A long time ago when asked in an interview why I want to be a writer I voiced grand and noble ideals about the power of the written word to impact society. “If the words I write,” my answer continued, “can make just one person laugh or cry, think or question, then I will have accomplished something significant.”
Well, I must admit the basic dishonesty of that answer. Yes indeed, I’ve always wanted to stir emotions and challenge minds. But of just one person? Let’s be real here, Will Rogers did not attain national prominence with an audience of one.
I’ve always liked Will Rogers, and coming from a long line of homespun philosophers myself, I’ve felt a kinship with his ability to bring a a down-home, simplistic approach to complex issues. When I first started writing a personal column for a Dallas newspaper I thought if I really tried I could develop that same style and speak out as a modern-day version of that great sage.
Pretty nervy of me, huh?
Now in my more mature years, I can chuckle at the brashness and idealism of that youthful vision. Maybe I had more nerve than good sense back then, and sometimes I wonder if I still have that disparity.
While I never gained national prominence with that column, I did touch a few minds and hearts, and that was a source of great satisfaction. Not too long ago I ran across a letter I received from a reader. The letter started “This is a fan letter,” and was signed. “Your friend, Charlie.” I never got to meet Charlie, even though he continued to send me letters over a period of several years, but his gesture early in my writing career meant a lot.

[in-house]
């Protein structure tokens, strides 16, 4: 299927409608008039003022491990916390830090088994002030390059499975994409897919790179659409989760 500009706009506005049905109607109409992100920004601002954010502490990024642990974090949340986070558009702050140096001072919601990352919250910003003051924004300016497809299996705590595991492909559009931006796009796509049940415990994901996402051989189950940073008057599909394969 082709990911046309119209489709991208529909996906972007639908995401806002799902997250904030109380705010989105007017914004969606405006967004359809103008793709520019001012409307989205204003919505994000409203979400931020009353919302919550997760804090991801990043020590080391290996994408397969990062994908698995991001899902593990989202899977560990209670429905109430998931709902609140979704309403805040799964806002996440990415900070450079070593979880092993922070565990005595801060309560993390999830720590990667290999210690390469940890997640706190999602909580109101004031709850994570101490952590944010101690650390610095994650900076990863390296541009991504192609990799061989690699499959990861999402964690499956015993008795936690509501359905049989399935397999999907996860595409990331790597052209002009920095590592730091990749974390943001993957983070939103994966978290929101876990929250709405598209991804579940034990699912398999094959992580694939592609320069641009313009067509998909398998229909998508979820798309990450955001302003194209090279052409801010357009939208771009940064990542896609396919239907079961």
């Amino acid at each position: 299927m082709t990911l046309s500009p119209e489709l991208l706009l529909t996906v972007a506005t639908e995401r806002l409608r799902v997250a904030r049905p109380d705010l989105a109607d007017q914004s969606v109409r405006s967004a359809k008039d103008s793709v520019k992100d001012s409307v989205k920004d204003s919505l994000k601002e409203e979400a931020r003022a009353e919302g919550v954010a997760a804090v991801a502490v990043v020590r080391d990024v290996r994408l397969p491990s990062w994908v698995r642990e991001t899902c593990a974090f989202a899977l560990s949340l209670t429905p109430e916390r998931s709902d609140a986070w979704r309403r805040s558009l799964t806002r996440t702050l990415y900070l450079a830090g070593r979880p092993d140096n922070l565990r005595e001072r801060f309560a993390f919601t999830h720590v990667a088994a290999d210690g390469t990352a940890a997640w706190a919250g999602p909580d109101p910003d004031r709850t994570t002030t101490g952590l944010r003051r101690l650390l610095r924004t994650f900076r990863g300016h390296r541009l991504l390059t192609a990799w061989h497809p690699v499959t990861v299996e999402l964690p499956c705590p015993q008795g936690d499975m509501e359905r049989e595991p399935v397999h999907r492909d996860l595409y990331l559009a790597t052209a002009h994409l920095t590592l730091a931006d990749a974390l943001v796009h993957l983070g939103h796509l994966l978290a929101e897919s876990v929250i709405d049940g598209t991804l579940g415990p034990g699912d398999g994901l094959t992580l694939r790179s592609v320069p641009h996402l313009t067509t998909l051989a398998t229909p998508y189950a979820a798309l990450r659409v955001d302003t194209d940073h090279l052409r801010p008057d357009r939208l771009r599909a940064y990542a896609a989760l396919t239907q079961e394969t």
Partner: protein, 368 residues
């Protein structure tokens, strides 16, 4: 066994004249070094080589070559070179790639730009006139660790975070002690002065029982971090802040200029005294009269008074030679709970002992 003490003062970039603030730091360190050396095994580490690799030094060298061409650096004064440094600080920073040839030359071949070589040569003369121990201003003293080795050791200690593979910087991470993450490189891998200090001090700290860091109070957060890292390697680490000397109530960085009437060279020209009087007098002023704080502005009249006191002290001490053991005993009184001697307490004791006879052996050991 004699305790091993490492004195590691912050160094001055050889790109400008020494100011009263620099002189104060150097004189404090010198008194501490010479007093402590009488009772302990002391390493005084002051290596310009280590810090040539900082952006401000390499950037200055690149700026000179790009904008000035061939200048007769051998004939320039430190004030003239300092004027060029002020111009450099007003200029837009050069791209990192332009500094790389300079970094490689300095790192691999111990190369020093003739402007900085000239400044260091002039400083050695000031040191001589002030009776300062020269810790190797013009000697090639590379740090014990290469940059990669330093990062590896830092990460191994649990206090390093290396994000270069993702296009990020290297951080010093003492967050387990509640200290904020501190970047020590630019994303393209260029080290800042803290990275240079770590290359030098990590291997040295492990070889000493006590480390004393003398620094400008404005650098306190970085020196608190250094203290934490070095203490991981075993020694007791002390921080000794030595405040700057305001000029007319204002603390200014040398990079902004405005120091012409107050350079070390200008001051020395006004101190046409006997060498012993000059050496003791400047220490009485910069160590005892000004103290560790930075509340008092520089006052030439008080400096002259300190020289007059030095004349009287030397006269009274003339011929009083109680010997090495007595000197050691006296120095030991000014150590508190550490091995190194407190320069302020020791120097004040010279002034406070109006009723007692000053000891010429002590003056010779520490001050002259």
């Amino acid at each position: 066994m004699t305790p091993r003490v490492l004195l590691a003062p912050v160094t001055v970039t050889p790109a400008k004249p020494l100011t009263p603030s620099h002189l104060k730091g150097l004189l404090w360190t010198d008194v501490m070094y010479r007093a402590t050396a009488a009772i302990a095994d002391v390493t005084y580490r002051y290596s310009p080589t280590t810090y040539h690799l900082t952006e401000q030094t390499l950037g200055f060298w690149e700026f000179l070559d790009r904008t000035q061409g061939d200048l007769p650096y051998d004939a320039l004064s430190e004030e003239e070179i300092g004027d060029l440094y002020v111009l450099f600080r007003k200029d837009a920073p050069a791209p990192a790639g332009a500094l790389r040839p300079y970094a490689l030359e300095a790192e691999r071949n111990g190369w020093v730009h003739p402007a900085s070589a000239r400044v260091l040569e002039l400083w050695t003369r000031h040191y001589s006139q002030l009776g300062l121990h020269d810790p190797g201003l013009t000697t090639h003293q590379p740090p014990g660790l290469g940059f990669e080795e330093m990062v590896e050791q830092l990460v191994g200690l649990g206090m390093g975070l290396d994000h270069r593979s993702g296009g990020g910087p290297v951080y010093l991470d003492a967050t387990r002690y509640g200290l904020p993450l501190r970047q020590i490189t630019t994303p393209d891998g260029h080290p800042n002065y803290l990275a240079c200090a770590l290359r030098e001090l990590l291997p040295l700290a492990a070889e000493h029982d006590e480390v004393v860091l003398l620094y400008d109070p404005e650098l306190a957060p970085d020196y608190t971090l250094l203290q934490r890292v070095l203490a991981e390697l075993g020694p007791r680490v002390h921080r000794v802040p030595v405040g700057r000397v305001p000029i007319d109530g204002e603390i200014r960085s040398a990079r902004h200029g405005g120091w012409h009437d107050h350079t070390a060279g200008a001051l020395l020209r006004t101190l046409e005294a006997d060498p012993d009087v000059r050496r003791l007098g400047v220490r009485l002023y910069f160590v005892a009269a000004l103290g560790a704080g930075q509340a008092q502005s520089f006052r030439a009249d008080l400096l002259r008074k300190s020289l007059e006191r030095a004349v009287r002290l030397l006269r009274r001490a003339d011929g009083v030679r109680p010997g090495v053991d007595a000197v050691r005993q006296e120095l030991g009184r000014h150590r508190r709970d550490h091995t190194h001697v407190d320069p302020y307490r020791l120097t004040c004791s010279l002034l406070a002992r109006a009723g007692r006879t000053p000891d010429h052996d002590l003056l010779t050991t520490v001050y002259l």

It still does, these many years later. It was my very first fan letter.
9 thoughts on “Homespun Philosophy and Fans”
This is a fan comment.
Enjoyable post. A fan letter is great–but what I remember most is a reader who called to tell me about a mistake I made in a book long, long ago.
Where would we be without the brashness and bravery of our youth?
I love your fan letter and that he continued to send you notes. I hope he realizes that he made a difference in your life.
It’s always nice to know that something we create has a positive effect on someone.
Thanks, Alex. Still special to get a fan letter. Much appreciated.
Helen, Charlie did know how much his letter meant. We corresponded for several years, and I always told him how much that meant to me.
Marilyn, I’m sure you’ve gotten a few good words about your writing, too. You have lots of fans.
Somehow I think that brashness of youth is necessary to carry us on into determination later, when we might otherwise give up.
Good point, Laura. I guess there is a correlation between brashness and tenacity.
Funny, I just did a post telling about a very arrogant viewpoint I had as a teen in high school. Inexperience-thankfully, I grew to learn better!
Very cool about your first fan letter. For me, that would be like the first comment I received on my blog.
Isn’t it cool to find that when we hurl our words out into the world, they actually find someone and touch them….
“Isn’t it cool to find that when we hurl our words out into the world, they actually find someone and touch them….”
That is so true, Words Crafter. Even after all these years I am just thrilled when I hear from a reader.